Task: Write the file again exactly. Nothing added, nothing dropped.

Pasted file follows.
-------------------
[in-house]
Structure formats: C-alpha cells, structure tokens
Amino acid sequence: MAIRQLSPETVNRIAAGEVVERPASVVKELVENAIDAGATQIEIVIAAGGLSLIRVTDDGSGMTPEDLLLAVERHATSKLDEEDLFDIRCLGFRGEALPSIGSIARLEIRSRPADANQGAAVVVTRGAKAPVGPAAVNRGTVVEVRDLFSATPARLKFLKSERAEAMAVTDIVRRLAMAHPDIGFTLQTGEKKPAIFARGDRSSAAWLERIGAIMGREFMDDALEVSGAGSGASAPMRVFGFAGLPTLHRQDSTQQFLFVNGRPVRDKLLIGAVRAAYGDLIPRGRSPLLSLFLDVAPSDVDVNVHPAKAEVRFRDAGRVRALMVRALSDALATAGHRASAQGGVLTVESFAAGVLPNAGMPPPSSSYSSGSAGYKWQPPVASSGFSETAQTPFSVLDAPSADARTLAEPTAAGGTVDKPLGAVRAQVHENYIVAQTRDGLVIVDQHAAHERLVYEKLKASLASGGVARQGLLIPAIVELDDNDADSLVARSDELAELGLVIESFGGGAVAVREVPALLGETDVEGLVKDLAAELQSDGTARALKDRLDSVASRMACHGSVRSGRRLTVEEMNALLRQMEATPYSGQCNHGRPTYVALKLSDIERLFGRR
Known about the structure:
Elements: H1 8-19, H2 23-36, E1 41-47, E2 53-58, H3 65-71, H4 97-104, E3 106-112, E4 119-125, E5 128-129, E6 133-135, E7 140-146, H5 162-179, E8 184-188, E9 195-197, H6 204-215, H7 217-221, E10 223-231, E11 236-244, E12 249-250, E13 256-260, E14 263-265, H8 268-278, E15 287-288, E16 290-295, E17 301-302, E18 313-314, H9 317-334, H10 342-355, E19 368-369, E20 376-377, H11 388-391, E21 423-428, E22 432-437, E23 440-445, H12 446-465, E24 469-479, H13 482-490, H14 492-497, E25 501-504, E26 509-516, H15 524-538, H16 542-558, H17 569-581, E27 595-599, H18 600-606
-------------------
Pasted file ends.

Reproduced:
[in-house]
Structure formats: C-alpha cells, structure tokens
Amino acid sequence: MAIRQLSPETVNRIAAGEVVERPASVVKELVENAIDAGATQIEIVIAAGGLSLIRVTDDGSGMTPEDLLLAVERHATSKLDEEDLFDIRCLGFRGEALPSIGSIARLEIRSRPADANQGAAVVVTRGAKAPVGPAAVNRGTVVEVRDLFSATPARLKFLKSERAEAMAVTDIVRRLAMAHPDIGFTLQTGEKKPAIFARGDRSSAAWLERIGAIMGREFMDDALEVSGAGSGASAPMRVFGFAGLPTLHRQDSTQQFLFVNGRPVRDKLLIGAVRAAYGDLIPRGRSPLLSLFLDVAPSDVDVNVHPAKAEVRFRDAGRVRALMVRALSDALATAGHRASAQGGVLTVESFAAGVLPNAGMPPPSSSYSSGSAGYKWQPPVASSGFSETAQTPFSVLDAPSADARTLAEPTAAGGTVDKPLGAVRAQVHENYIVAQTRDGLVIVDQHAAHERLVYEKLKASLASGGVARQGLLIPAIVELDDNDADSLVARSDELAELGLVIESFGGGAVAVREVPALLGETDVEGLVKDLAAELQSDGTARALKDRLDSVASRMACHGSVRSGRRLTVEEMNALLRQMEATPYSGQCNHGRPTYVALKLSDIERLFGRR
Known about the structure:
Elements: H1 8-19, H2 23-36, E1 41-47, E2 53-58, H3 65-71, H4 97-104, E3 106-112, E4 119-125, E5 128-129, E6 133-135, E7 140-146, H5 162-179, E8 184-188, E9 195-197, H6 204-215, H7 217-221, E10 223-231, E11 236-244, E12 249-250, E13 256-260, E14 263-265, H8 268-278, E15 287-288, E16 290-295, E17 301-302, E18 313-314, H9 317-334, H10 342-355, E19 368-369, E20 376-377, H11 388-391, E21 423-428, E22 432-437, E23 440-445, H12 446-465, E24 469-479, H13 482-490, H14 492-497, E25 501-504, E26 509-516, H15 524-538, H16 542-558, H17 569-581, E27 595-599, H18 600-606